I attended a very good conference last week run by the University of London's Institute of Education, called 'The Changing Face of Music Education'.
Good conversations, some outbreaks of new thinking and some very good speakers - particularly Dick Hallam (music participation director) and Deborah Annetts (Incorporated Society of Musicians' CEO and Music Education Council's chair).
Why new structures? Local authority (LA) music providers are currently very much under the spotlight because of the Henley review into the delivery of instrumental and vocal teaching in English schools, which Secretary of State for Education, Michael Gove, commissioned in September 2010 and which will announce its finding in January 2011. This review is primarily about the structures for delivering instrumental teaching in our schools, which currently enjoys ring-fenced governmental funding until April 2011. Thereafter it is highly possible that funds made available will be given directly to schools and the music services - most of which are producing world-class work in instrumental tuition, running ensembles and participating in the delivery of the whole class instrumental and vocal teaching in primary schools - will have to sell their services back to individual schools.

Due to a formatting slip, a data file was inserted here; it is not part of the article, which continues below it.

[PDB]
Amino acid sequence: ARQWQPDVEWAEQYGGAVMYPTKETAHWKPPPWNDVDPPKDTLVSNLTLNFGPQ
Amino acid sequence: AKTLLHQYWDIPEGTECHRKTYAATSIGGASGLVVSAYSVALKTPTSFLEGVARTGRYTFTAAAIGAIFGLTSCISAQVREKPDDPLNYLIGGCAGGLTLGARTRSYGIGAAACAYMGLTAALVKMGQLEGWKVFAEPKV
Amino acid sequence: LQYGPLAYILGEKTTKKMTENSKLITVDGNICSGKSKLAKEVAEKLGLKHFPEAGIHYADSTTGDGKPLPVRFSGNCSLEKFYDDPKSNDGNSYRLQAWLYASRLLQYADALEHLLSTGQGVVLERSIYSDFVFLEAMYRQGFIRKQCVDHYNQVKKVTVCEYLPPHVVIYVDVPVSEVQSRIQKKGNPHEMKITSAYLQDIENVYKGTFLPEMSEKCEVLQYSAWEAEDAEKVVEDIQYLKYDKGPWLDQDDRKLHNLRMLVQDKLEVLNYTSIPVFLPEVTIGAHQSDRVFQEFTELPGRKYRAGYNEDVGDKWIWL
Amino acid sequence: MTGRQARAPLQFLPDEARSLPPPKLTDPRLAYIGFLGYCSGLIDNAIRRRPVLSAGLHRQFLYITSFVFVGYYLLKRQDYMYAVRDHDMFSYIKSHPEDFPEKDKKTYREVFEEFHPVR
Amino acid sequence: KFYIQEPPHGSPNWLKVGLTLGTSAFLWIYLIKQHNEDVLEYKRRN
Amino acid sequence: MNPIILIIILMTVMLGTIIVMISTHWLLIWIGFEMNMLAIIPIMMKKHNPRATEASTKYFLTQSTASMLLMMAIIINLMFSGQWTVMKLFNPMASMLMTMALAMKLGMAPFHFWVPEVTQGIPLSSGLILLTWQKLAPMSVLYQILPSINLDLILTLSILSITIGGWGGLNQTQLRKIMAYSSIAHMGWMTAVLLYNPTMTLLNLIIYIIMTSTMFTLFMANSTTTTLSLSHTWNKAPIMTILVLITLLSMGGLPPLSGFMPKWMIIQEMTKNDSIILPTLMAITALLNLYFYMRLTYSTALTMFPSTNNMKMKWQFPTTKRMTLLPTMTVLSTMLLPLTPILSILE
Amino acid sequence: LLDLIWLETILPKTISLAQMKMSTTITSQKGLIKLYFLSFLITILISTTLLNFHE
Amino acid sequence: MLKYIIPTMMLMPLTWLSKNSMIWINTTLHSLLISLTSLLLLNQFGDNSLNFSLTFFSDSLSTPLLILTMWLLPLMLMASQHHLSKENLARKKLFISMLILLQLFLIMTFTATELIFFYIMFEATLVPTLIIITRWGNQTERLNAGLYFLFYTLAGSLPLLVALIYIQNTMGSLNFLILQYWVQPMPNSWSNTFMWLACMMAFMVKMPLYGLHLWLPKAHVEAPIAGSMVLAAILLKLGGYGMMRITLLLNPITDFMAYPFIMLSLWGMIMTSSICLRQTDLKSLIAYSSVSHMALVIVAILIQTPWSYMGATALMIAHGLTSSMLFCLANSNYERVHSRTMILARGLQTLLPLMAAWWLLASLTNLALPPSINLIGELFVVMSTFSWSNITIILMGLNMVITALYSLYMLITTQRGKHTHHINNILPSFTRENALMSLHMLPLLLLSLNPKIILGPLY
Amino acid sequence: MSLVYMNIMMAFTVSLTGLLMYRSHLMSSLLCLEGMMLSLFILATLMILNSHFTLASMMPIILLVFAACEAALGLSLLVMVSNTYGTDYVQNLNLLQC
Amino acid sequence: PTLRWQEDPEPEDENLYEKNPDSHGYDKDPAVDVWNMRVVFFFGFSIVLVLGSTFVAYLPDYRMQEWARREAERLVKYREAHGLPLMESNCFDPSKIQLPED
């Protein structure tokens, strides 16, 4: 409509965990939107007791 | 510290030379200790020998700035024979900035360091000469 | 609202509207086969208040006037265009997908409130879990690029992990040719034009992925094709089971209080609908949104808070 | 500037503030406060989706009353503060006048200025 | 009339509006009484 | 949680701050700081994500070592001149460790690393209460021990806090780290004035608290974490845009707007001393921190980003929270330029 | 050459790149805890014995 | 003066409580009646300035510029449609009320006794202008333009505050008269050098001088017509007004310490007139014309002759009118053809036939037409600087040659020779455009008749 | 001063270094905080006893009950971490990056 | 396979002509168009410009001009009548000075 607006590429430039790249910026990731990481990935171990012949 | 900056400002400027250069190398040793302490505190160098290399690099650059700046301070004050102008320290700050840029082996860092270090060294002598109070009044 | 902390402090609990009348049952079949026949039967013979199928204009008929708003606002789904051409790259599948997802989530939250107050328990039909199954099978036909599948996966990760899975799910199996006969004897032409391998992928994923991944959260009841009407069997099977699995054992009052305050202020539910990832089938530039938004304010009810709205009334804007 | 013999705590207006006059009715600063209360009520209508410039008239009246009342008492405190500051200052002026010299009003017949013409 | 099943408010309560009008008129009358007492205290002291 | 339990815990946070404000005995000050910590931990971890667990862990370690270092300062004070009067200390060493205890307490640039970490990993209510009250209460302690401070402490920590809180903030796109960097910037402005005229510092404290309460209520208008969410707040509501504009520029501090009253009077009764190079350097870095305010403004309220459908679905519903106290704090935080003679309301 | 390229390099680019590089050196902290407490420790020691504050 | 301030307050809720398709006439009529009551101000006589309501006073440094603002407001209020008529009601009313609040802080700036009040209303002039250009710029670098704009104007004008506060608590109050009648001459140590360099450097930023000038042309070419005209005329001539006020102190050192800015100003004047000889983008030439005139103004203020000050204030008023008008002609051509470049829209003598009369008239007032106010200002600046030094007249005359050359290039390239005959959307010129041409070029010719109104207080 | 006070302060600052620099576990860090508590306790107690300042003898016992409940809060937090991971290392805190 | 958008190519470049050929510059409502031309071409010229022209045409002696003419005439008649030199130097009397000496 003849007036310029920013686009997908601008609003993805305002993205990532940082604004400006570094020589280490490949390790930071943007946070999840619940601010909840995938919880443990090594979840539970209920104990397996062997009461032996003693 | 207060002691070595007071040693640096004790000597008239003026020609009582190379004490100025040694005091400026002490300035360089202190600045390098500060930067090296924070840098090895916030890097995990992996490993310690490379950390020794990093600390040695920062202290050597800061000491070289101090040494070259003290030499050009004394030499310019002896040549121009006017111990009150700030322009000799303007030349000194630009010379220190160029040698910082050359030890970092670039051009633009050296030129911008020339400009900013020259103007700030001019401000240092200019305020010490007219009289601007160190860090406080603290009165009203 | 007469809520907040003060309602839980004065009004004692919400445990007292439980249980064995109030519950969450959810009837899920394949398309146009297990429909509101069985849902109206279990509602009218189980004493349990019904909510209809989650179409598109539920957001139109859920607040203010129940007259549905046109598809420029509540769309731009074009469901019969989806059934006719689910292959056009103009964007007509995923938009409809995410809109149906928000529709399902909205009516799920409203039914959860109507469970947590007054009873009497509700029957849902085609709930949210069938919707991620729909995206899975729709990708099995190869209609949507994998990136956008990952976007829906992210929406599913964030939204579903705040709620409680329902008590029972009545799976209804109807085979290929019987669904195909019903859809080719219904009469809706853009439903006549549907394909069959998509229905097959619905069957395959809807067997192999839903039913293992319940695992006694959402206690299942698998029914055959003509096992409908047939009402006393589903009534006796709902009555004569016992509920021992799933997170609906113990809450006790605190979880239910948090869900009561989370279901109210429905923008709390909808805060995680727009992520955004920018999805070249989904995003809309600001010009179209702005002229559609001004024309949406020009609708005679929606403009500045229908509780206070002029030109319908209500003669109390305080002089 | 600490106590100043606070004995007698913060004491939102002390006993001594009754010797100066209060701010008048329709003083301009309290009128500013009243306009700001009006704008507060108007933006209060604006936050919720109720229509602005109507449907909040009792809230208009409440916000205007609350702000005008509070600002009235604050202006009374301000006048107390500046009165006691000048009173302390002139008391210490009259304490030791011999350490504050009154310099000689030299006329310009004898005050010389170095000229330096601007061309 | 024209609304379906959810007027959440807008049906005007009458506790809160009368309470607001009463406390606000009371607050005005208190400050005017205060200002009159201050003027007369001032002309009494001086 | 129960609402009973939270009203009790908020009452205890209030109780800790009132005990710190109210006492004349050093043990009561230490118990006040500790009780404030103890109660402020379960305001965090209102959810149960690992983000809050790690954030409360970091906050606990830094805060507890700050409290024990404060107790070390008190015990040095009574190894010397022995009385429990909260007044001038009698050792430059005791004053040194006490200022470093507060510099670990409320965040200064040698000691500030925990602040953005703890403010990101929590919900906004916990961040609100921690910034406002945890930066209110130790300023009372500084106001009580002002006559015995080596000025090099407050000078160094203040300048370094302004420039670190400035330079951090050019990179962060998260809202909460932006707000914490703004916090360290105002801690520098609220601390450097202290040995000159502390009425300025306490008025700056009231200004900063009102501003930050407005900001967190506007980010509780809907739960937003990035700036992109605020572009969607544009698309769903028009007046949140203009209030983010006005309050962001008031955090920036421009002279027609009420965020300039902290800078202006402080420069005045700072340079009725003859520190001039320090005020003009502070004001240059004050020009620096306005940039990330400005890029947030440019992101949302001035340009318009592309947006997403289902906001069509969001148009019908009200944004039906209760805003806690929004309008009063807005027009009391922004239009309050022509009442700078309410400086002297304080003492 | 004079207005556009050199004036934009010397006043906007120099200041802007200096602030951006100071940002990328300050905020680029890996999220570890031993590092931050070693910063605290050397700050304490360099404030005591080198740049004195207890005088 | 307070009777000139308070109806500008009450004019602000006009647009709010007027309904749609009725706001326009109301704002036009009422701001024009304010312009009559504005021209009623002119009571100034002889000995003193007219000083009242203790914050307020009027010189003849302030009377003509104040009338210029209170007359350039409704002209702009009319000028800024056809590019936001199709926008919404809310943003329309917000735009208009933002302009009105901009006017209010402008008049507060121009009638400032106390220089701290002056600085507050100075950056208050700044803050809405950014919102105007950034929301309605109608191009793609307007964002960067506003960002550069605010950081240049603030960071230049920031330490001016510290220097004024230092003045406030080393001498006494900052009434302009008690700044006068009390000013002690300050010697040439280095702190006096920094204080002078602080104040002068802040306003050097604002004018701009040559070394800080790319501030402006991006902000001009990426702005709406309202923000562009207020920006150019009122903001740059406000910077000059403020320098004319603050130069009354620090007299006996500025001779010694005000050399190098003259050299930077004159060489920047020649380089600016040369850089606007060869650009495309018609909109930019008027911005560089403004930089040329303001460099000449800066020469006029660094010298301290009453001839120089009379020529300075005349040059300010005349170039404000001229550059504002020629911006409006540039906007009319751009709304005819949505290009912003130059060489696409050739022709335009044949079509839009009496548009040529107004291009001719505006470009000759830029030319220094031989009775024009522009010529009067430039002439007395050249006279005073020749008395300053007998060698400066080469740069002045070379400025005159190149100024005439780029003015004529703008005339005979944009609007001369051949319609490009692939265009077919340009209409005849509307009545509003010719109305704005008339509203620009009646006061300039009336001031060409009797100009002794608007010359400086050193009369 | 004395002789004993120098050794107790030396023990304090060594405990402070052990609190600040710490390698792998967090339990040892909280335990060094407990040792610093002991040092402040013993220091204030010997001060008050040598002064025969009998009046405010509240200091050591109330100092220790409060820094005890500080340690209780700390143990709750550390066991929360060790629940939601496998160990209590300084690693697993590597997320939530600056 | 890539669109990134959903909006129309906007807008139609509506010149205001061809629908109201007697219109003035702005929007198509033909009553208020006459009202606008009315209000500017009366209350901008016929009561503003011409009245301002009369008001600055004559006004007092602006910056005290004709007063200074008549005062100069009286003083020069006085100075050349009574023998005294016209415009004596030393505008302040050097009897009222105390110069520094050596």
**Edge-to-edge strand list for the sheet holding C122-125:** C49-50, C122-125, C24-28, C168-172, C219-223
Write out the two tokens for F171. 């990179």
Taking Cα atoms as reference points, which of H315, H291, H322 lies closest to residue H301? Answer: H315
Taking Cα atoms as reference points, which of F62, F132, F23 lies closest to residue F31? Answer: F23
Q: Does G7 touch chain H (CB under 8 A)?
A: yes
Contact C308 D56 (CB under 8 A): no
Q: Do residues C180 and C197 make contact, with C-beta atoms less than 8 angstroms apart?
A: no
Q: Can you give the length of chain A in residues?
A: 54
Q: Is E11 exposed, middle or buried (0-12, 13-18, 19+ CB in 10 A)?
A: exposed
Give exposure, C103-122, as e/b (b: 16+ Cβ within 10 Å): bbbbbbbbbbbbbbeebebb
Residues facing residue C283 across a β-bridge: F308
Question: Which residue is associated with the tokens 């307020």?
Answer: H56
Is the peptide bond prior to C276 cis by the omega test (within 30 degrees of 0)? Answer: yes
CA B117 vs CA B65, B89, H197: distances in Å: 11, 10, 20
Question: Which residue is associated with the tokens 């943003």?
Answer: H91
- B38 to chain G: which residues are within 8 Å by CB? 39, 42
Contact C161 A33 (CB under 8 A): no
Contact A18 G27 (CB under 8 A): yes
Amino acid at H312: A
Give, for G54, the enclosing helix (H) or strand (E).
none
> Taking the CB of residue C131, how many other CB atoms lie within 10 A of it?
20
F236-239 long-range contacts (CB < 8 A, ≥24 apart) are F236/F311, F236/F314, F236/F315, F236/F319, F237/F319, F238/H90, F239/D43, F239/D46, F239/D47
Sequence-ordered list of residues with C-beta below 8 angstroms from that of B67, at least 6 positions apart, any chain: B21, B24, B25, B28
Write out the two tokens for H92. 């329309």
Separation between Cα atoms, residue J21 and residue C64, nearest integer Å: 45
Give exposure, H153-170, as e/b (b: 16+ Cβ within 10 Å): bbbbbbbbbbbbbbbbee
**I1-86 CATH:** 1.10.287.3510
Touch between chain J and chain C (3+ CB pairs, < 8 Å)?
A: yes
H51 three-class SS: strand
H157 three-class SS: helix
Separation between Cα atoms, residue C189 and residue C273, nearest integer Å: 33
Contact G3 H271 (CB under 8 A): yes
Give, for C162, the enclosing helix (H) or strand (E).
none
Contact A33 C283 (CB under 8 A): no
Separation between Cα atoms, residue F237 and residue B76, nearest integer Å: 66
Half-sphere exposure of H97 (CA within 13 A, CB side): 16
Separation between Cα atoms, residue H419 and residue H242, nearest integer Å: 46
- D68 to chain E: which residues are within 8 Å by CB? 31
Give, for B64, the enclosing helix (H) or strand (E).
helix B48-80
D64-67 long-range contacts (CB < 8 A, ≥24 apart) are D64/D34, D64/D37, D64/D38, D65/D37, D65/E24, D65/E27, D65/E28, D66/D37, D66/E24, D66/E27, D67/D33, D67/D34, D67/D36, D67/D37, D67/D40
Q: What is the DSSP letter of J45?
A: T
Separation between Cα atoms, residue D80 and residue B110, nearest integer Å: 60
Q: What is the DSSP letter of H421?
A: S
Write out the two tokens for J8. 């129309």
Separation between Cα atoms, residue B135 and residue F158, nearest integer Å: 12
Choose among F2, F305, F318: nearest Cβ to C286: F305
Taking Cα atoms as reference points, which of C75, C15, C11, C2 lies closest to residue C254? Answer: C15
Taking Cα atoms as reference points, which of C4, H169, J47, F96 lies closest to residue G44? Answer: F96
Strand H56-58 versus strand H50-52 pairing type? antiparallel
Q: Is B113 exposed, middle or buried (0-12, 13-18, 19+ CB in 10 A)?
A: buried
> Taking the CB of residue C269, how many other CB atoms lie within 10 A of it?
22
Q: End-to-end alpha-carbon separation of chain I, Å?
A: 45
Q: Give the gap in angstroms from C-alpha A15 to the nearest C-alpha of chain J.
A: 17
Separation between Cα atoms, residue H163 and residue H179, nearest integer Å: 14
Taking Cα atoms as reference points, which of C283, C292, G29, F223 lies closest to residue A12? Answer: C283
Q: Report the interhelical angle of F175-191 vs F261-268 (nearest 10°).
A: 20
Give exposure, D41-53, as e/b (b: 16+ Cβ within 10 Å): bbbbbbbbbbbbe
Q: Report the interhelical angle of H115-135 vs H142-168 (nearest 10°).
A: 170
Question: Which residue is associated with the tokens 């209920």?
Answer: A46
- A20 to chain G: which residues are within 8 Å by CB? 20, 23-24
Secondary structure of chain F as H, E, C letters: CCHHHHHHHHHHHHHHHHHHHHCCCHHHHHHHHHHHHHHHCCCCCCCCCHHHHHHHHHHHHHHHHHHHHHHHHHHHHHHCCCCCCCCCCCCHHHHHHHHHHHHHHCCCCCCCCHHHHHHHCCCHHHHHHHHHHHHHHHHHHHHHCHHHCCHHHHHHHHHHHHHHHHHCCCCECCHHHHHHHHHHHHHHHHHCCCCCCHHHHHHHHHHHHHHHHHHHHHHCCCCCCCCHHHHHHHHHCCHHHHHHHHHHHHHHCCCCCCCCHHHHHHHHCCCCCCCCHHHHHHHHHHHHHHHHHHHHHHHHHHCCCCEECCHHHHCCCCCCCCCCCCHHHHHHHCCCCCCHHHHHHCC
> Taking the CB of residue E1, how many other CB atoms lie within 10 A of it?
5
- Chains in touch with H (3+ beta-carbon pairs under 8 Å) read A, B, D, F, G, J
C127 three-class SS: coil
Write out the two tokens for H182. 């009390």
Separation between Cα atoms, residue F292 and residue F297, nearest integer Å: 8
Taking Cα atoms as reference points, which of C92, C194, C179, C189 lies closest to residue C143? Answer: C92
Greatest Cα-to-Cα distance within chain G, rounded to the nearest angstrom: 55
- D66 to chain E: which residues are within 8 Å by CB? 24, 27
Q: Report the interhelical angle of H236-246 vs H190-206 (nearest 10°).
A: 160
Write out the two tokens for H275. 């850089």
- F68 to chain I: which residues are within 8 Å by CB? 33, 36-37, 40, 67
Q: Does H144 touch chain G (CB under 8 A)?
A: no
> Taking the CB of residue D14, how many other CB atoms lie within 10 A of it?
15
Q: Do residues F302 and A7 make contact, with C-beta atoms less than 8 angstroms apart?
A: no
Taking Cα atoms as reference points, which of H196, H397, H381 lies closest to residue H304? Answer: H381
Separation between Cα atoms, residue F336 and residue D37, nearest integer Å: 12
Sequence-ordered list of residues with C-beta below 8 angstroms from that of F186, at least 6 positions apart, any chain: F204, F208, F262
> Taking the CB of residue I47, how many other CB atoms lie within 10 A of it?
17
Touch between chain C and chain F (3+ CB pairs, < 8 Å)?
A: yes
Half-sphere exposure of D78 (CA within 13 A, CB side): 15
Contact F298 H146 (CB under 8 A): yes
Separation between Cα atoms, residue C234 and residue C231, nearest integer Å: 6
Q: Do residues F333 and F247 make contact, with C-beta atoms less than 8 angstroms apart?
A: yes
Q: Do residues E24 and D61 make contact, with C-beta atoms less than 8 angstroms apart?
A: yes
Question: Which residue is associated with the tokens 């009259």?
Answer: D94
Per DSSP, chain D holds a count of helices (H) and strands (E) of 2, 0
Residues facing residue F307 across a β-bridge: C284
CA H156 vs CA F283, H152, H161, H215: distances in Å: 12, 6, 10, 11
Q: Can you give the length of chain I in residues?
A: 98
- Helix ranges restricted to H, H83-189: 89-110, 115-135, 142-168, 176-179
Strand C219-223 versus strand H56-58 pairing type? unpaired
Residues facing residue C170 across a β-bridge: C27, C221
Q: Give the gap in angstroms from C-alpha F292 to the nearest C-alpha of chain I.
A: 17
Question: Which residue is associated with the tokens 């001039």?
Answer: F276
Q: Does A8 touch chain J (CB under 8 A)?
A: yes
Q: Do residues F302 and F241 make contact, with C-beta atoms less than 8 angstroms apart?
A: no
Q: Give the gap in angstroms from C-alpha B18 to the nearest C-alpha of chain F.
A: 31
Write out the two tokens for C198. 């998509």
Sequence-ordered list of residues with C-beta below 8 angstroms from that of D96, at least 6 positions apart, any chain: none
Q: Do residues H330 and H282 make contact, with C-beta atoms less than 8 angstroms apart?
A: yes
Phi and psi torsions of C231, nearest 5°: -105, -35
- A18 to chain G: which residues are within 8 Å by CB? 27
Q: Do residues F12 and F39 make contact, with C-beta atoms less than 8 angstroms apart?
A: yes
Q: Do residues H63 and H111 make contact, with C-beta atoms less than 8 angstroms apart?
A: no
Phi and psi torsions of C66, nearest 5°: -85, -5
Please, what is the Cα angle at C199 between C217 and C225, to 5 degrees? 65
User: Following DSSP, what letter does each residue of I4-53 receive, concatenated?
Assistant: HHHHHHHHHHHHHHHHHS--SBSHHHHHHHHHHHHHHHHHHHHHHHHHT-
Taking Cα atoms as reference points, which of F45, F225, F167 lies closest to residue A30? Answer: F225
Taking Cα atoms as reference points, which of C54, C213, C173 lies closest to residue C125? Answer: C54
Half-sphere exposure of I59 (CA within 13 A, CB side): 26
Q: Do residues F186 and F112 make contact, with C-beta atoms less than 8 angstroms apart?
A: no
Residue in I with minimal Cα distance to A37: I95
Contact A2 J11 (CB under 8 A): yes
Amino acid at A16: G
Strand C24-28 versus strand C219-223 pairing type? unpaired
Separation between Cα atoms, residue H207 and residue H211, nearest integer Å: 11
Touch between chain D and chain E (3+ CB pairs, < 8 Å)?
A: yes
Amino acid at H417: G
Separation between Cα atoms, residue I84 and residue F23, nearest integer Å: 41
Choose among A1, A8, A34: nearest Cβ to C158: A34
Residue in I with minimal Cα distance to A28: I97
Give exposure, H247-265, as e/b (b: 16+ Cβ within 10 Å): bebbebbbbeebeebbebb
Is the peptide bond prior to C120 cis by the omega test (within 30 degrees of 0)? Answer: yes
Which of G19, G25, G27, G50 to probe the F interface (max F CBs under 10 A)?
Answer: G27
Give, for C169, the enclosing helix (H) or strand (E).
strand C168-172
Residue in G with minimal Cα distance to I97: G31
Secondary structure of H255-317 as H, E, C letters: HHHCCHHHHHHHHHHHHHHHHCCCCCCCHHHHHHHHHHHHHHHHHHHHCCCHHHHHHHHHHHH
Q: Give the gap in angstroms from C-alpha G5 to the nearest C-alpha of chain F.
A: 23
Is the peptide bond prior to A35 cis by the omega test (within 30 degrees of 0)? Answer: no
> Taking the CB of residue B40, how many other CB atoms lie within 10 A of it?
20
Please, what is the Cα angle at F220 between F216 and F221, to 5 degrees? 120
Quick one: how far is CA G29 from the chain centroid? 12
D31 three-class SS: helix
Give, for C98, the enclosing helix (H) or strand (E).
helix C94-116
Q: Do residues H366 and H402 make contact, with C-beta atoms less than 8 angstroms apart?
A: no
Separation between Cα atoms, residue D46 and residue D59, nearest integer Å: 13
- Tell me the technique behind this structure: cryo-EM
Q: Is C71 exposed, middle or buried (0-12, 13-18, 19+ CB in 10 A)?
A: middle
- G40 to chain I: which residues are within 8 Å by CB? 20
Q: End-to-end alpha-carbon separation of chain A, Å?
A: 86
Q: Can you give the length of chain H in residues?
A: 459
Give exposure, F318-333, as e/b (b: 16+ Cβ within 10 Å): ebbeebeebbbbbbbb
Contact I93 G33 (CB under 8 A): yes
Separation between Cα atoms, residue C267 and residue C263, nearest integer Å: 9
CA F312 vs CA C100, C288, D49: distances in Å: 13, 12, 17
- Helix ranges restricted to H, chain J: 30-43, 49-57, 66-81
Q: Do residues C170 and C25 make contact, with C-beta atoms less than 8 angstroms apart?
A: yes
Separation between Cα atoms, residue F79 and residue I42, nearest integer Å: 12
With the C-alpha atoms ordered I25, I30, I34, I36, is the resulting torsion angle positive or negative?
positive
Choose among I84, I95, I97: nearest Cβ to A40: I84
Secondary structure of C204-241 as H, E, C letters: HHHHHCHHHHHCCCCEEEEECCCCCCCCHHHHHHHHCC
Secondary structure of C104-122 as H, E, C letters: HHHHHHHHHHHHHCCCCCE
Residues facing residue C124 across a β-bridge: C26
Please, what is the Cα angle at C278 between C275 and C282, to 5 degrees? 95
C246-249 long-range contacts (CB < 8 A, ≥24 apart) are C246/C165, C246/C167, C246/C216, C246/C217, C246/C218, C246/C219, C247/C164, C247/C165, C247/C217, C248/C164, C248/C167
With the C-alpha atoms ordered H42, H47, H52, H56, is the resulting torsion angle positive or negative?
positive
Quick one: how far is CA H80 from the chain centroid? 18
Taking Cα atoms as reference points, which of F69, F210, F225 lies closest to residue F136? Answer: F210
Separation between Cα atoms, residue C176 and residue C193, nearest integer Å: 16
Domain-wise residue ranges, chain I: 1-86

Now, I'm old enough to remember the last time that the pendulum swung over this particular set of devolutionary principles. Well intentioned as they always are, they brought us local management of schools and a fractured approach to delivering music, which we've fought tooth and nail to re-build into a world-class provision again, with an entitlement - not just access - to music education for all children aged 5 to 14. We now have some great music education intitiatives and activities that are truly worth celebrating and, indeed, developing further. These include the whole-class instrumental teaching programmes (called wider opportunities), Sing Up and the pilots of In Harmony - the English version of the Venezuelan social change music project, El Sistema.
But the current review is not primarily about content. It has been set up to explore the mechanisms of delivery of instrumental and vocal music education. The local authority cuts were always going to happen anyway. However the Federation of Music Services - the membership body for the local music services which deliver instrumental and vocal teaching in schools across the country - has expressed concern that a number of LAs have begun making potentially damaging 'pre-emptive cuts', even before the Henley review is published.
The Henley review itself places additional pressure on those local authority music services which rely significantly on government funding. It is forcing them to look long and hard at the fact that the organisational structure and overheads of the more traditionally-run services make them too expensive in the current climate. After all, if their high overheads mean that they have to bill out at £40-£60 per hour, those headteachers who don't fully 'get' the holistic job that our best music services do - providing a skilled workforce to teach in small groups, run ensembles, collaborate with other colleagues in the whole-class music lessons, etc - will find their own teachers locally for significantly less.